In her first match as a collegiate golfer, freshman Tiffany Lim led Harvard to a victory at the Yale Intercollegiate Tournament. The rookie finished three rounds tied with Yale’s Seo Hee Moon atop the individual leaderboard.
After never winning a tournament last year, the Harvard women’s golf team notched its second first-place finish just two tournaments into the 2011 season.
One week after claiming first at the Yale Invitational, the Crimson has again come out on top in this past weekend’s Princeton Invitational.
With a team three-round score of 906, 42 above par (302-301-303), Harvard held on four strokes ahead of Brown and nine ahead of Columbia in the 12-team tournament.
This was the lowest the Crimson had ever scored at Princeton’s Springdale Golf Club.
“I’m proud of the girls for getting the job done,” Harvard coach Kevin Rhoads said.
Once again, highly-touted freshman Tiffany Lim led the Crimson to victory, finishing first in the tournament at three under par and holding the tournament’s lowest single-round score of 70 in the second round.
Sophomore Bonnie Hu, who is also a member of the Crimson business board, freshman Brenna Nelson, captain Christine Cho, and sophomore Julie MacDonnell tied for eighth, 13th, 40th, and 48th, respectively.
Rainy conditions throughout the weekend plagued the course, making it very difficult for all 12 teams. But the weather may have proved advantageous for the Crimson, which started four California natives who, according to Lim, are more accustomed to rainy conditions.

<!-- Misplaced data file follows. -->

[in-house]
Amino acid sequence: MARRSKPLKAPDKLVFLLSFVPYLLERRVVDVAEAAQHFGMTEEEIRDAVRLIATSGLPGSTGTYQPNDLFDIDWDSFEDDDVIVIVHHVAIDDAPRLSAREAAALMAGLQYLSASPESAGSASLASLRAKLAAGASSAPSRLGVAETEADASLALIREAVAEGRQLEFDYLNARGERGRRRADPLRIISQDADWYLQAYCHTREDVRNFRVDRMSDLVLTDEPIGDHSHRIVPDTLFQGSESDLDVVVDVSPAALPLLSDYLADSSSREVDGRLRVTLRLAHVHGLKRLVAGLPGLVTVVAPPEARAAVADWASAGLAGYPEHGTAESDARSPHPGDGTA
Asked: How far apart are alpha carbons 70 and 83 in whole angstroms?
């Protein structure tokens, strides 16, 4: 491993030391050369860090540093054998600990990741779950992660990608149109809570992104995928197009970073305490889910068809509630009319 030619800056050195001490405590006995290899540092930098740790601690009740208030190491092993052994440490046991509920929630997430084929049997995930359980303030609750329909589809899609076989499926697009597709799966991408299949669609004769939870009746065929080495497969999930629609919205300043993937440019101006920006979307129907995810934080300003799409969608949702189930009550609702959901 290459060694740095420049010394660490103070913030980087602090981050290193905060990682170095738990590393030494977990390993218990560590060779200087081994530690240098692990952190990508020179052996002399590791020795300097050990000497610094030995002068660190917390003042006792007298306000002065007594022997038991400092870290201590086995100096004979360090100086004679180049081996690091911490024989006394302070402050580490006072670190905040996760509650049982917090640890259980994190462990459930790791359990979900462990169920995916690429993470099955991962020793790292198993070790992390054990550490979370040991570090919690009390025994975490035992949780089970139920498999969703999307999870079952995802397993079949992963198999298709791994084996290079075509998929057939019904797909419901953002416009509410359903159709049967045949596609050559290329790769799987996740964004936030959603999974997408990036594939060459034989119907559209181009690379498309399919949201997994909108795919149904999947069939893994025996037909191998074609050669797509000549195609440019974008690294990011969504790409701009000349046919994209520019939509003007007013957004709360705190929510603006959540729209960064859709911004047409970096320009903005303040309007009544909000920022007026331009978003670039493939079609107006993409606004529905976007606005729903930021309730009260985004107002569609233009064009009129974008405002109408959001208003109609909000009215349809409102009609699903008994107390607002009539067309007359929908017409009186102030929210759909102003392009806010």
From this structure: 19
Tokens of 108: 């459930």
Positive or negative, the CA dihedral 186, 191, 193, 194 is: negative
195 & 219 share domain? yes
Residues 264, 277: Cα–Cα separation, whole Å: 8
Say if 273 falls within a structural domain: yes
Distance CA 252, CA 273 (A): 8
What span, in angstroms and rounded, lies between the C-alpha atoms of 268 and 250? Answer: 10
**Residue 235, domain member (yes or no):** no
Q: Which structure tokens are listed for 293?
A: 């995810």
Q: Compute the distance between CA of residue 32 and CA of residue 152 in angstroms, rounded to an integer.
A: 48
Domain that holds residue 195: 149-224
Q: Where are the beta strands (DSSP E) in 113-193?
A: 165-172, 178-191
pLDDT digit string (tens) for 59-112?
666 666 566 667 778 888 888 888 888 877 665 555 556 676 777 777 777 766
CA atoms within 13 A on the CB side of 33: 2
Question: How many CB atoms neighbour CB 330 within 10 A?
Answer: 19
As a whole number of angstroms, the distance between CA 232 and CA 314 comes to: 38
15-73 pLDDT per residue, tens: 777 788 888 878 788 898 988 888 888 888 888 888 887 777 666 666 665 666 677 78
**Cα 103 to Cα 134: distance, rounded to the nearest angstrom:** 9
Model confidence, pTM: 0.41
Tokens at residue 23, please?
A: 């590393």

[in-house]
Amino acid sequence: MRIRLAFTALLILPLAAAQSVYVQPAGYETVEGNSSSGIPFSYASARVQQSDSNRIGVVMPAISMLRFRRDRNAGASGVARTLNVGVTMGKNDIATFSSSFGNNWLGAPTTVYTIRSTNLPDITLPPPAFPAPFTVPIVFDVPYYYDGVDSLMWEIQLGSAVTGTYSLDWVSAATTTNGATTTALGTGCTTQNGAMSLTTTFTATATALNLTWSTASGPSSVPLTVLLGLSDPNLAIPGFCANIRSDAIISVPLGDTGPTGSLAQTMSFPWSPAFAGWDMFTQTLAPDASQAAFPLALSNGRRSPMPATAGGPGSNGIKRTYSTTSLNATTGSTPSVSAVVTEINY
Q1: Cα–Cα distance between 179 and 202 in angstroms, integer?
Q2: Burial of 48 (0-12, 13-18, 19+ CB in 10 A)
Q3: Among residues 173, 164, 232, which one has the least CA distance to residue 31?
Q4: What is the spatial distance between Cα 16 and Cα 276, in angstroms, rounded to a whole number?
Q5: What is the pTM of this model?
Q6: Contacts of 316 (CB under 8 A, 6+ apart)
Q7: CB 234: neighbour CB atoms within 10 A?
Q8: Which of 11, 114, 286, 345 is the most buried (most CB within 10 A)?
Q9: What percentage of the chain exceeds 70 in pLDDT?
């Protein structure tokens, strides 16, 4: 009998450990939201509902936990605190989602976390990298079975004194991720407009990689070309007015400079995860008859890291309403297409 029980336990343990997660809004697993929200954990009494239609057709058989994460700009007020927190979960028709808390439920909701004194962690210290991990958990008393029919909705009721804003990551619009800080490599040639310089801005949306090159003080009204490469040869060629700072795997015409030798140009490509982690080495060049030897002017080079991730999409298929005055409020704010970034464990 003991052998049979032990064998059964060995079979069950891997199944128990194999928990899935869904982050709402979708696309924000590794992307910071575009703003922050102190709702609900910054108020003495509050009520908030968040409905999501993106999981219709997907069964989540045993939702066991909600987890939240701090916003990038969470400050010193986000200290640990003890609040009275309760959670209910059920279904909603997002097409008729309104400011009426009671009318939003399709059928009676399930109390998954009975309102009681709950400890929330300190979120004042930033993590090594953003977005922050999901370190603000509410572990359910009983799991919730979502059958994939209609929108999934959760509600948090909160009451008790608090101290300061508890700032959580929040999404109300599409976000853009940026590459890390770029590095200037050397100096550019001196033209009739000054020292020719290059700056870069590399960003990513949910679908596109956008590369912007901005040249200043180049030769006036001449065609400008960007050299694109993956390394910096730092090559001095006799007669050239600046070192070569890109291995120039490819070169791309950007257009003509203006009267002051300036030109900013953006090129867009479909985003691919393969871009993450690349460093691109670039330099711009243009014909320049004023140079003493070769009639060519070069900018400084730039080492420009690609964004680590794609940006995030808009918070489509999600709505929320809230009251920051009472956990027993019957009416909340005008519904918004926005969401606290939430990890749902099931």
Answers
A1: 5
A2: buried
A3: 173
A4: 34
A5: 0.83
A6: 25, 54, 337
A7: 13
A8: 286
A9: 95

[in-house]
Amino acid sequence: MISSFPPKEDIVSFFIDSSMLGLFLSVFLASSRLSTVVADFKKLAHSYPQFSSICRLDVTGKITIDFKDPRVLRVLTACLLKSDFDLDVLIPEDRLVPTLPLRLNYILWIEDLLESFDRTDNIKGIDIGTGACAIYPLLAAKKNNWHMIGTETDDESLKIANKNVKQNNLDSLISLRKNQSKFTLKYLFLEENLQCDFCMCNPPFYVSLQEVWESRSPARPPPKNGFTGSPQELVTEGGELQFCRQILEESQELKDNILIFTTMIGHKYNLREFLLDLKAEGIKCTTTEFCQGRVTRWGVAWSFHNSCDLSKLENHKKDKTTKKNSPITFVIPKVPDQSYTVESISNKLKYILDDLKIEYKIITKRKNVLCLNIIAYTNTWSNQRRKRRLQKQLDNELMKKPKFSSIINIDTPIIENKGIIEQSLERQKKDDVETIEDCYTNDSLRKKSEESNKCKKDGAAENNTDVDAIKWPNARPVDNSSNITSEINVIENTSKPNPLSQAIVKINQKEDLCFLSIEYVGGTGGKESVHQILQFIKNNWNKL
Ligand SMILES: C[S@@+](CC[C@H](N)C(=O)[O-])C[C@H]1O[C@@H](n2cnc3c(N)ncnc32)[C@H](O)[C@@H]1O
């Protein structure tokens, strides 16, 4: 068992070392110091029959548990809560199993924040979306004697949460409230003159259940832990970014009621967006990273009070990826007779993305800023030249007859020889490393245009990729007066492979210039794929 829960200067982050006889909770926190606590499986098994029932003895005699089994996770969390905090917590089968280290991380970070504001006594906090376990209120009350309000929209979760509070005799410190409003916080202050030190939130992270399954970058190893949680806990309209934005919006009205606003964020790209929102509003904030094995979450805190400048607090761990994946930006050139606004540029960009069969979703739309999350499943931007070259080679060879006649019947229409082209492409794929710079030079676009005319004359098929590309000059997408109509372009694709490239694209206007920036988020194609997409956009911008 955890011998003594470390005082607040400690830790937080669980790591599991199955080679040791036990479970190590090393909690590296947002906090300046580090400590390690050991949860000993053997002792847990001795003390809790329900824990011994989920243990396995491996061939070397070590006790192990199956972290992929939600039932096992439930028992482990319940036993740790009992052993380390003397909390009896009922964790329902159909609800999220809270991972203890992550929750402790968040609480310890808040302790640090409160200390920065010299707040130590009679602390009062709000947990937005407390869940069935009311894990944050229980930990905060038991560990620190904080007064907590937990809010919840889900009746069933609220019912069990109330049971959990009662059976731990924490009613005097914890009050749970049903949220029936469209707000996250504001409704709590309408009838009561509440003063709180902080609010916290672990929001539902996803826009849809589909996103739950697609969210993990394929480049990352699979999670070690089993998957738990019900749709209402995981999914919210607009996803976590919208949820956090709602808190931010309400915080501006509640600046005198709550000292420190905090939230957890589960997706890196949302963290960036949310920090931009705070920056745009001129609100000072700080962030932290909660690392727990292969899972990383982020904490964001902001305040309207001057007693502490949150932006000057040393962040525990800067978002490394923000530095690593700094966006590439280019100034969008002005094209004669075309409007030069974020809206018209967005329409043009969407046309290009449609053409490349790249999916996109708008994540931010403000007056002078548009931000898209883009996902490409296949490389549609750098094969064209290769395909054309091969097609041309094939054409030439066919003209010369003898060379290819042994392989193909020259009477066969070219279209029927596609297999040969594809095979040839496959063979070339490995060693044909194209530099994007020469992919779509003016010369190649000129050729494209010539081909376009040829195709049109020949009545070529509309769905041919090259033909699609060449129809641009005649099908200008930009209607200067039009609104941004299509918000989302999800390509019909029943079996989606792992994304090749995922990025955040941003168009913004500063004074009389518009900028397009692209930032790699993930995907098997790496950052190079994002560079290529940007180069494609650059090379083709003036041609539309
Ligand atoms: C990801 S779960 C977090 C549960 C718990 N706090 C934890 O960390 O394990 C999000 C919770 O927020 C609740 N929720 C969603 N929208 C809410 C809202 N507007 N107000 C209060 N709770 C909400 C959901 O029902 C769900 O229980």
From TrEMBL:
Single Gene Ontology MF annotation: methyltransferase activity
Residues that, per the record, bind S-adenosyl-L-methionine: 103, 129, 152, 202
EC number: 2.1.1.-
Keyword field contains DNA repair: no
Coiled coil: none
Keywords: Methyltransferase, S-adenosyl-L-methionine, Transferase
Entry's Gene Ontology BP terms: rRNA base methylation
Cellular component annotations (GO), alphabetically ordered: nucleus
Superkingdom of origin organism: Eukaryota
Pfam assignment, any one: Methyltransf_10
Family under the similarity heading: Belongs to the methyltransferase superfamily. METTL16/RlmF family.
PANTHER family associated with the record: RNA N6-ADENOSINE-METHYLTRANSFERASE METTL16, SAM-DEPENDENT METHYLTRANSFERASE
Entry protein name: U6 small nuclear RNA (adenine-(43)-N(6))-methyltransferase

“We were prepared for [the rain], and we knew what to do when we encountered it,” said Lim, who posted a three-round total of 213. “When it does rain [in California], we are still out there practicing, whereas on the East Coast, when there is bad weather, people aren’t outside practicing. We are out there 365 days a year, so we’re used to playing in worse weather.”
Just because the Crimson might have been more accustomed to the rain didn’t mean it was a walk in the park, as wet conditions make putts harder to finish.
“It was difficult to make a lot of putts,” Rhoads said. “Within our team or any of the other teams, I saw very few putts made outside of three feet.”
Harvard jumped out to an early lead, posting a first-round score of 302—one stroke ahead of Brown and Rollins College.
But the squad separated itself from the pack in the second round, shooting a 301—its best score of the tournament—to pull ahead by five strokes.
Entering the final round yesterday, Lim felt the Crimson’s lead was far from secure.
“[Five strokes] is essentially nothing—anything can happen,” Lim said. “So we just tried to ignore our placement, ignore the scores, and play our own game.”